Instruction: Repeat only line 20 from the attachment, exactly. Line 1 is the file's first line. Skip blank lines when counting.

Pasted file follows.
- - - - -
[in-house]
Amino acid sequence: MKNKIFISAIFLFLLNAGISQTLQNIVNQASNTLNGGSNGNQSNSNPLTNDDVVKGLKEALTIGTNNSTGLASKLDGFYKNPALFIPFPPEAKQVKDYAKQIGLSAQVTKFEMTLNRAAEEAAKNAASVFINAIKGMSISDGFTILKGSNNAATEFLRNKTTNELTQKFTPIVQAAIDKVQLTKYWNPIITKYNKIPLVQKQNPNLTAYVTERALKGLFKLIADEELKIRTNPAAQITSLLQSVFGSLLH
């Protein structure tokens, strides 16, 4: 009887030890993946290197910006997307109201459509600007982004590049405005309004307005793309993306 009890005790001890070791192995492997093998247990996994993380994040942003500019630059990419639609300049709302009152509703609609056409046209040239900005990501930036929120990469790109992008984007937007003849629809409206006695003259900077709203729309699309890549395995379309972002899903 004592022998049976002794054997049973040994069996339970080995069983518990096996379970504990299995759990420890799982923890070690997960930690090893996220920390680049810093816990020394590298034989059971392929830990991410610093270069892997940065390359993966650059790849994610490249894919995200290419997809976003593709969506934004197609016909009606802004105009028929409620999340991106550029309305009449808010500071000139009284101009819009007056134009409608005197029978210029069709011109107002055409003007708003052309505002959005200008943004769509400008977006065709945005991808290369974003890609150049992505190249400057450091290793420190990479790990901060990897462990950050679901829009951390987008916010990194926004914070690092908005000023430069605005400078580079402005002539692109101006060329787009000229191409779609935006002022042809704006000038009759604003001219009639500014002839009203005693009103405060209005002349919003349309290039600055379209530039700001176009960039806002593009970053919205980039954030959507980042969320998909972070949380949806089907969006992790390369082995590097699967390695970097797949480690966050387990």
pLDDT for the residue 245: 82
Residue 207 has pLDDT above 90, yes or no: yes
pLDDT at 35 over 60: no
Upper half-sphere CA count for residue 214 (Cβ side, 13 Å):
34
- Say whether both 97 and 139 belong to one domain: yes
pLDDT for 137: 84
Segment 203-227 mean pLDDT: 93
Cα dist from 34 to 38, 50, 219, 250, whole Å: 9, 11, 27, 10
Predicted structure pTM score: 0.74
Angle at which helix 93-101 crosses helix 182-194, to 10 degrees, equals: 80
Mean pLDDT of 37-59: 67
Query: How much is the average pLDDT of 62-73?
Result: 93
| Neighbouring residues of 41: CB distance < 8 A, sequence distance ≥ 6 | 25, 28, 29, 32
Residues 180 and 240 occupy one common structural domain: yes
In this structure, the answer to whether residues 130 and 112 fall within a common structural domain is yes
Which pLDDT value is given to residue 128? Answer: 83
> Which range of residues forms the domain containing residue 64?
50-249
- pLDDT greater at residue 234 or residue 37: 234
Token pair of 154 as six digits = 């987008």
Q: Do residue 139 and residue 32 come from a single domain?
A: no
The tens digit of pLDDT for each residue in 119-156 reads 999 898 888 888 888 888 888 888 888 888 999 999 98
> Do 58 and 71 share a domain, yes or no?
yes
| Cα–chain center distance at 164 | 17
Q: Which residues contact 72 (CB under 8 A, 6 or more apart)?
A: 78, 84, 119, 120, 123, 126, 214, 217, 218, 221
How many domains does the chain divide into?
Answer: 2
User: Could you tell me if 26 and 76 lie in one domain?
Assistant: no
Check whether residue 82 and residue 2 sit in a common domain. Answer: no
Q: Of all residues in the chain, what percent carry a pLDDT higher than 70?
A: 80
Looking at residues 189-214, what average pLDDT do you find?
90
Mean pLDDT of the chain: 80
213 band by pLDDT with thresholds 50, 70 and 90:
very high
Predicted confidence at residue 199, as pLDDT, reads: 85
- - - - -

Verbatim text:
In this structure, the answer to whether residues 130 and 112 fall within a common structural domain is yes